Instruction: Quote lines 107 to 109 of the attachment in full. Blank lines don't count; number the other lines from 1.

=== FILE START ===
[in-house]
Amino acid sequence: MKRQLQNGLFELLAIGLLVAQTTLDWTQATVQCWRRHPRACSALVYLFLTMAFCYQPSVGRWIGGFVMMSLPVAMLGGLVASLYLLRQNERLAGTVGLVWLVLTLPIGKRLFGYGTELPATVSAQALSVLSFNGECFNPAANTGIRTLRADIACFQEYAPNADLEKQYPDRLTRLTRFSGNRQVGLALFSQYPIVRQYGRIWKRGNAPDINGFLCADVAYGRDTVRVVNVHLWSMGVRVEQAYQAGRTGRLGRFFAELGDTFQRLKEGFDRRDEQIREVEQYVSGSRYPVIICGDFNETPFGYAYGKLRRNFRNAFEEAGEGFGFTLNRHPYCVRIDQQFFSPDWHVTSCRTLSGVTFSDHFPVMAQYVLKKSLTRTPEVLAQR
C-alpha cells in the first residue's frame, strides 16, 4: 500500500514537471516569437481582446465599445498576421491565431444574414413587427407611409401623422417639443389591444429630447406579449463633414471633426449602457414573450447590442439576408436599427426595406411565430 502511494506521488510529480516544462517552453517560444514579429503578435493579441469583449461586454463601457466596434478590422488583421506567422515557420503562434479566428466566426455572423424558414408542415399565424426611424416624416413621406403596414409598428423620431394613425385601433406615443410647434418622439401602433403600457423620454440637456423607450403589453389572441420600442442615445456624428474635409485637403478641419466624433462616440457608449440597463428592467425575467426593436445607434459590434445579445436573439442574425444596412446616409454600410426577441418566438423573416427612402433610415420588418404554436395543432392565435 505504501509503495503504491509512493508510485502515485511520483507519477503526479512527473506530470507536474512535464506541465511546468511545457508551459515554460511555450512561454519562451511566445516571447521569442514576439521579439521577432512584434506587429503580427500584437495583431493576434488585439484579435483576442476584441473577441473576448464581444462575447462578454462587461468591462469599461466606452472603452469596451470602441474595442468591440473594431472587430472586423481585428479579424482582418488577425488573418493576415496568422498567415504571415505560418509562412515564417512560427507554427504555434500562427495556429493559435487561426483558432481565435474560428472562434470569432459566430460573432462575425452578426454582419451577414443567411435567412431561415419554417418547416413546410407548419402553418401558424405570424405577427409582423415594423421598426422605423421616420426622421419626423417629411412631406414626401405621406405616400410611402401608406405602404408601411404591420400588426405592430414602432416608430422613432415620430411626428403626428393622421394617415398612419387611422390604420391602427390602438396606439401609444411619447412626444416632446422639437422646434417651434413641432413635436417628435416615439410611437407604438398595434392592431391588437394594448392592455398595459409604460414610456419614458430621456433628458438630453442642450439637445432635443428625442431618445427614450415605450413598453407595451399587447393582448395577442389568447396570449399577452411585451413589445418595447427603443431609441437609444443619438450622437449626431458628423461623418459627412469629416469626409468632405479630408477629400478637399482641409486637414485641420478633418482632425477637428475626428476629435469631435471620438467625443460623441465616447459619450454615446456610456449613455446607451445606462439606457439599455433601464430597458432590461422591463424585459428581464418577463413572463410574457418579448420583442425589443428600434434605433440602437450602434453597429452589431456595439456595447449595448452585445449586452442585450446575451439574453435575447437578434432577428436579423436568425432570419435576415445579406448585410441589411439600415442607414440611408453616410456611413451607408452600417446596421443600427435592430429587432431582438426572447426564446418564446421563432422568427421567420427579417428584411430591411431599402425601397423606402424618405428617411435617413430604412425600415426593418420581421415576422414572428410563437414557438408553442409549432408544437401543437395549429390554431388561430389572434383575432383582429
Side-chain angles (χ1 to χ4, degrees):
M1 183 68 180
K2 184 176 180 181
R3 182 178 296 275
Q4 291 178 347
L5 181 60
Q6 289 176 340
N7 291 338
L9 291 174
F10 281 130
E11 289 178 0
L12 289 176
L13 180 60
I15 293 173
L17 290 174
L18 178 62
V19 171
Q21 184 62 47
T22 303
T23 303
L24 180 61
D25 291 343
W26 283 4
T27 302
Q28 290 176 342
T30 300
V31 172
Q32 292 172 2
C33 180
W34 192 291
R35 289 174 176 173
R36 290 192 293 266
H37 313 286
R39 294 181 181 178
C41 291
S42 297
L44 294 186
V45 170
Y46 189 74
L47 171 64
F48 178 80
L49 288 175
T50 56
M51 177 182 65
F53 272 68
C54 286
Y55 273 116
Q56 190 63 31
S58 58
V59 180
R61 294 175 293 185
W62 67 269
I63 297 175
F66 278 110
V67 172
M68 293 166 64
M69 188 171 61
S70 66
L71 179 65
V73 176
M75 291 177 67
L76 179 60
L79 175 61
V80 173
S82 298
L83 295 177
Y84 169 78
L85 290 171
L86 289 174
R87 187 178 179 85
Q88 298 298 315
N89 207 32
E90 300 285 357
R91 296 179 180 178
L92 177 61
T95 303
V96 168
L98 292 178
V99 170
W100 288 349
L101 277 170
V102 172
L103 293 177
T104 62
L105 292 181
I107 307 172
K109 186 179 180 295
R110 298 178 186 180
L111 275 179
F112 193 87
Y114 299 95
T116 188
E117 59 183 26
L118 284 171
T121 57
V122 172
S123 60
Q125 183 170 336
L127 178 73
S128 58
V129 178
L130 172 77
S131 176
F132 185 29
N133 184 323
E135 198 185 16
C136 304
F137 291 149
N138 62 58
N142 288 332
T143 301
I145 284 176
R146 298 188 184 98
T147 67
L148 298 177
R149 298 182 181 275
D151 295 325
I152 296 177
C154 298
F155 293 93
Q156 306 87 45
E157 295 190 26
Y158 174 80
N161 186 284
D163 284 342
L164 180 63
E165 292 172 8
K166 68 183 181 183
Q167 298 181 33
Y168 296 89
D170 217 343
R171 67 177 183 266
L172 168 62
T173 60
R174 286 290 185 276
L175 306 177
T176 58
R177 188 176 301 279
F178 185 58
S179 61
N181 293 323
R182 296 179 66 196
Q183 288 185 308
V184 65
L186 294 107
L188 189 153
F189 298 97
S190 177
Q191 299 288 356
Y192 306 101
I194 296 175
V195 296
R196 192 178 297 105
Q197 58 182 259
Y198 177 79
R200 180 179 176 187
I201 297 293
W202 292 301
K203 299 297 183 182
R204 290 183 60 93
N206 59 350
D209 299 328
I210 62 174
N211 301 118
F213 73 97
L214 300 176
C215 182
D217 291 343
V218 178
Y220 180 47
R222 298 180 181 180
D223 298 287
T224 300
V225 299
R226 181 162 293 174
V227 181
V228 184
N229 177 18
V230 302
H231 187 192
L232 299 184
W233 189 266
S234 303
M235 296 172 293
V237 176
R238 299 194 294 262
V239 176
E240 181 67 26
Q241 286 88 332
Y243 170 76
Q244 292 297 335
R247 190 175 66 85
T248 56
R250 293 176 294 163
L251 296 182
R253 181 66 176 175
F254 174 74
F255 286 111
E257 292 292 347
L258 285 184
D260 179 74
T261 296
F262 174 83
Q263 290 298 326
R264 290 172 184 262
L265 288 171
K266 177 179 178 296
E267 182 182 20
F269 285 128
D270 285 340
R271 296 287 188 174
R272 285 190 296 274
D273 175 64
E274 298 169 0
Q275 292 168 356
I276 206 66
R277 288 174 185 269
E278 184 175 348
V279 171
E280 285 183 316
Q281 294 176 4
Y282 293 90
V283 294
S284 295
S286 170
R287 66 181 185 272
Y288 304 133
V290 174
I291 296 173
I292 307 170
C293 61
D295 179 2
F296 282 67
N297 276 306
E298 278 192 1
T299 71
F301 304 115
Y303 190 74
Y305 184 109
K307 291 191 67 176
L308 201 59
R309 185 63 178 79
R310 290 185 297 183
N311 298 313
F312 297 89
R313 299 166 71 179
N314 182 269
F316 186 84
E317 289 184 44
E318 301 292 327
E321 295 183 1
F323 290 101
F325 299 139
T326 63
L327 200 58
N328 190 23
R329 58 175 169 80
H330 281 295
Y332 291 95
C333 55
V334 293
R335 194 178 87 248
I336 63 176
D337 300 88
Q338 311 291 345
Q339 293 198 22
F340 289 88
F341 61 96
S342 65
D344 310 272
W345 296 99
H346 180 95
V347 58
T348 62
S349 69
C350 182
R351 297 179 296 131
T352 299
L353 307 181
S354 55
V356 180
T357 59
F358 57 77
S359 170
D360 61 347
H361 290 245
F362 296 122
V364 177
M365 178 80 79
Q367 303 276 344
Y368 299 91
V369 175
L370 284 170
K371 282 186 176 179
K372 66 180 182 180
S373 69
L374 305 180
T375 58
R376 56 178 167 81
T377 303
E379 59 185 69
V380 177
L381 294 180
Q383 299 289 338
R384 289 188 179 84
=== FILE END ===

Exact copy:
F132 185 29
N133 184 323
E135 198 185 16